Journal of Resources and Ecology ›› 2014, Vol. 5 ›› Issue (3): 193-202.DOI: 10.5814/j.issn.1674-764x.2014.03.001

• Articles •     Next Articles

Visualizing Patterns of Genetic Landscapes and Species Distribution of Taxus wallichiana (Taxaceae), Based on GIS and Ecological Niche Models

YU Haibin1,2, ZHANG Yili1, GAO Jungang1, QI Wei1,2   

  1. 1 Key Laboratory of Land Surface Pattern and Simulation, Institute of Geographic Sciences and Natural Resources Research, CAS, Beijing 100101, China;
    2 University of Chinese Academy of Sciences, Beijing 100049, China
  • Received:2014-03-07 Revised:2014-07-03 Online:2014-09-18 Published:2014-09-10
  • Contact: ZHANG Yili
  • Supported by:

    National Basic Research Program of China (No. 2010CB951704), and National Natural Science Foundation of China (No. 41271068).

Abstract: The Chinese yew (Taxus wallichiana), which is widely distributed in the Himalayas and in southern China, is now on the edge of extinction. In order to understand the evolutionary processes that control the current diversity within this species at the genetic and ecological levels, its genetic patterns and range dynamics must first be identified and mapped. This knowledge can then be applied in the development of an effective conservation strategy. Based on molecular data obtained from 48 populations of T. wallichiana, we used GIS-based interpolation approach for the explicit visualization of patterns of genetic divergence and diversity, and a number of potential evolutionary hotspots have been specifically identified within the genetic landscape maps. Within the maps of genetic divergence and diversity, five areas of high inter-population genetic divergence and six areas of high intra-population genetic diversity have been highlighted in a number of separate mountain regions, and these evolutionary hotspots should have the priority to be protected. Furthermore, four geographical barriers have been identified: the eastern Himalayas, the Yunnan Plateau, the Hengduan Mountains and the Taiwan Strait. According to ecological niche modeling (ENM), the populations of T. wallichiana within the Sino-Himalayan Forest floristic subkingdom experienced westward expansion from the periods of Last Inter-glacial to Last Glacial Maximum (LGM). Following the LGM, the distribution range overall became reduced and fragmented. These findings challenge the classic mode of contraction-expansion in response to the last glaciation. In conclusion, our findings suggest that the changes in geographical landscapes and climate that occurred during the Quaternary resulted in current genetic landscape patterns.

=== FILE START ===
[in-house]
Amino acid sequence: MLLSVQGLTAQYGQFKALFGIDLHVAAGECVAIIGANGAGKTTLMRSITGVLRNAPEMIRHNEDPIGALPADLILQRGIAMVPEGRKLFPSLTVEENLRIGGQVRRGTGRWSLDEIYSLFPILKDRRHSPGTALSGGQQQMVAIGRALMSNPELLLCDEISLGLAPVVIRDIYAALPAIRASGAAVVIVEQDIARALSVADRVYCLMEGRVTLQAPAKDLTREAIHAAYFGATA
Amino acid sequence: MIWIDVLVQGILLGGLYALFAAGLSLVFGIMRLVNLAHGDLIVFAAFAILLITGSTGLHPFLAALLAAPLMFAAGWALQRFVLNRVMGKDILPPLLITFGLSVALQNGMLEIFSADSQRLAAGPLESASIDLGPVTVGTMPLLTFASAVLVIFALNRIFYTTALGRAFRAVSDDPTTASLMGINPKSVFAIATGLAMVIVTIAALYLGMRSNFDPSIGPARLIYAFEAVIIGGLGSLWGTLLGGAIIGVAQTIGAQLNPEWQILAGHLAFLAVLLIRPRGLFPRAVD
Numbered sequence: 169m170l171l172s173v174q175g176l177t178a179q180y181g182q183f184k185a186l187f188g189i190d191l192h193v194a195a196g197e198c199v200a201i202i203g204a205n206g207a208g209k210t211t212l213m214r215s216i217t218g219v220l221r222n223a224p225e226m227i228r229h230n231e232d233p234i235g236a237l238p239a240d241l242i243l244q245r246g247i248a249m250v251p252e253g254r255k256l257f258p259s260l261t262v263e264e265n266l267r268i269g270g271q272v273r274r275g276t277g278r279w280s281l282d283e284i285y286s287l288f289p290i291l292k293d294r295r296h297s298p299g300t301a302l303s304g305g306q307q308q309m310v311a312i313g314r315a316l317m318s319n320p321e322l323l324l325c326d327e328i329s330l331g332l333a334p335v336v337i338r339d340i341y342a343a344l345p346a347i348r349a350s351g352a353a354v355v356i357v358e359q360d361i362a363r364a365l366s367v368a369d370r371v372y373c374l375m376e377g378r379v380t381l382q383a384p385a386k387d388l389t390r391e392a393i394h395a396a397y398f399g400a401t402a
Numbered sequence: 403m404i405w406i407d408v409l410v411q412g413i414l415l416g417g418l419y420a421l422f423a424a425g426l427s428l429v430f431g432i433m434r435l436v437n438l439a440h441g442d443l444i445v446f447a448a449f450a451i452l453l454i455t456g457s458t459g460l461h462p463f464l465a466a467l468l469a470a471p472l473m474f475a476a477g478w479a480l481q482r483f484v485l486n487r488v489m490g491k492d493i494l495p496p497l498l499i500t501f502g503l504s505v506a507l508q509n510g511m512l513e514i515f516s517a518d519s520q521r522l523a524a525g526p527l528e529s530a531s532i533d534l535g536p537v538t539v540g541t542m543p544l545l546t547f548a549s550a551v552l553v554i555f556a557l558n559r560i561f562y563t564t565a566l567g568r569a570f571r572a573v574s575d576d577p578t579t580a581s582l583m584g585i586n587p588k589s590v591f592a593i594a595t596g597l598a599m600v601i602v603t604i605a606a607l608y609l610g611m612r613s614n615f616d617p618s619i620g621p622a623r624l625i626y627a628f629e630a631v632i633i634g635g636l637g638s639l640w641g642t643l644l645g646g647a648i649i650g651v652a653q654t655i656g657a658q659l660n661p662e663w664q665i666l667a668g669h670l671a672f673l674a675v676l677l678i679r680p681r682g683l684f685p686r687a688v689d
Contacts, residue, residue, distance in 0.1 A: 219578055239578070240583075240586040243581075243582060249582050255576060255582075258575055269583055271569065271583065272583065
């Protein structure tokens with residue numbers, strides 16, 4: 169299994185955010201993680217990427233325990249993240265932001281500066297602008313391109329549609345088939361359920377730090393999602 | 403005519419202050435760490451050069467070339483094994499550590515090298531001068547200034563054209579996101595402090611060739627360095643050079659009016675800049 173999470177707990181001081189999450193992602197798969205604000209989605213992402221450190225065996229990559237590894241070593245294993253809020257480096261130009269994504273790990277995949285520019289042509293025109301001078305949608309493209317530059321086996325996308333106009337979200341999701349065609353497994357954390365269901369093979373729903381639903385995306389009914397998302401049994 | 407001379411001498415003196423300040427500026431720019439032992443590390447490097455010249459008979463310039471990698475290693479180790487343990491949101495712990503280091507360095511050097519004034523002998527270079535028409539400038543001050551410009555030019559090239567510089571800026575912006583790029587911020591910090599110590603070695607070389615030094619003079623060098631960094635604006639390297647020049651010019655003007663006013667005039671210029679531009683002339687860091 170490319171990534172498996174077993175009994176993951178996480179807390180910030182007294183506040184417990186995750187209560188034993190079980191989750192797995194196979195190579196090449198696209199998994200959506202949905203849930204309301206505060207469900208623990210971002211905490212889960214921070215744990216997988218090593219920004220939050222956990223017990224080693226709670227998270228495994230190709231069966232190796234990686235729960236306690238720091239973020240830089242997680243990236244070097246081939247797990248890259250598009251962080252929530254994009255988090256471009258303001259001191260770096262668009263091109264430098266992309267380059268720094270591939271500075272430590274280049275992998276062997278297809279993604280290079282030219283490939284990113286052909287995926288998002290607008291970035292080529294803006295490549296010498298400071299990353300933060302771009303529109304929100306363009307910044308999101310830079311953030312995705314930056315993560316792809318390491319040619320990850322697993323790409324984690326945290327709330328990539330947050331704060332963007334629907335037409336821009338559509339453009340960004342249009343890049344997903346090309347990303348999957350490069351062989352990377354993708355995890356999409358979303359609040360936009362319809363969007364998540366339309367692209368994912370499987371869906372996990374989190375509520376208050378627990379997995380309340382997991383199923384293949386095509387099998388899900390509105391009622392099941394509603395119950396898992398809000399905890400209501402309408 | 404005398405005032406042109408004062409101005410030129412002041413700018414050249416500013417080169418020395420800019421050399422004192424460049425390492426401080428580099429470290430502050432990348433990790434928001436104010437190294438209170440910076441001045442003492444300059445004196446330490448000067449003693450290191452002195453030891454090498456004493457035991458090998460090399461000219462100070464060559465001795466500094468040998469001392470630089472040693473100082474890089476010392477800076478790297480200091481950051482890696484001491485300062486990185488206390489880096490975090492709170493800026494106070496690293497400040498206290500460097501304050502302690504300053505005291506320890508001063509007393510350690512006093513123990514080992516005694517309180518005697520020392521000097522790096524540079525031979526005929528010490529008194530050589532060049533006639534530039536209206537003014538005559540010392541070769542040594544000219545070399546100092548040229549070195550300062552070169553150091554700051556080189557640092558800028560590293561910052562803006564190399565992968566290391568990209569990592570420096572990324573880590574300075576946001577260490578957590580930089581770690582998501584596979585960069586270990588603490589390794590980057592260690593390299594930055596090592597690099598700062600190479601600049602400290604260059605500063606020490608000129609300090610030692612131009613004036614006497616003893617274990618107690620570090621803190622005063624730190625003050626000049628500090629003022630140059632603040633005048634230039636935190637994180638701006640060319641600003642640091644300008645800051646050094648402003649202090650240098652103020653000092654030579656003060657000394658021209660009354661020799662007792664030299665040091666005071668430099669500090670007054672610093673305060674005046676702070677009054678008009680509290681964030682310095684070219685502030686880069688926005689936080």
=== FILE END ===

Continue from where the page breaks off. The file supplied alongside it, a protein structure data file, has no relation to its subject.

Key words: genetic landscape, phylogeography, GIS, Ecological Niche Models (ENMs), Himalayas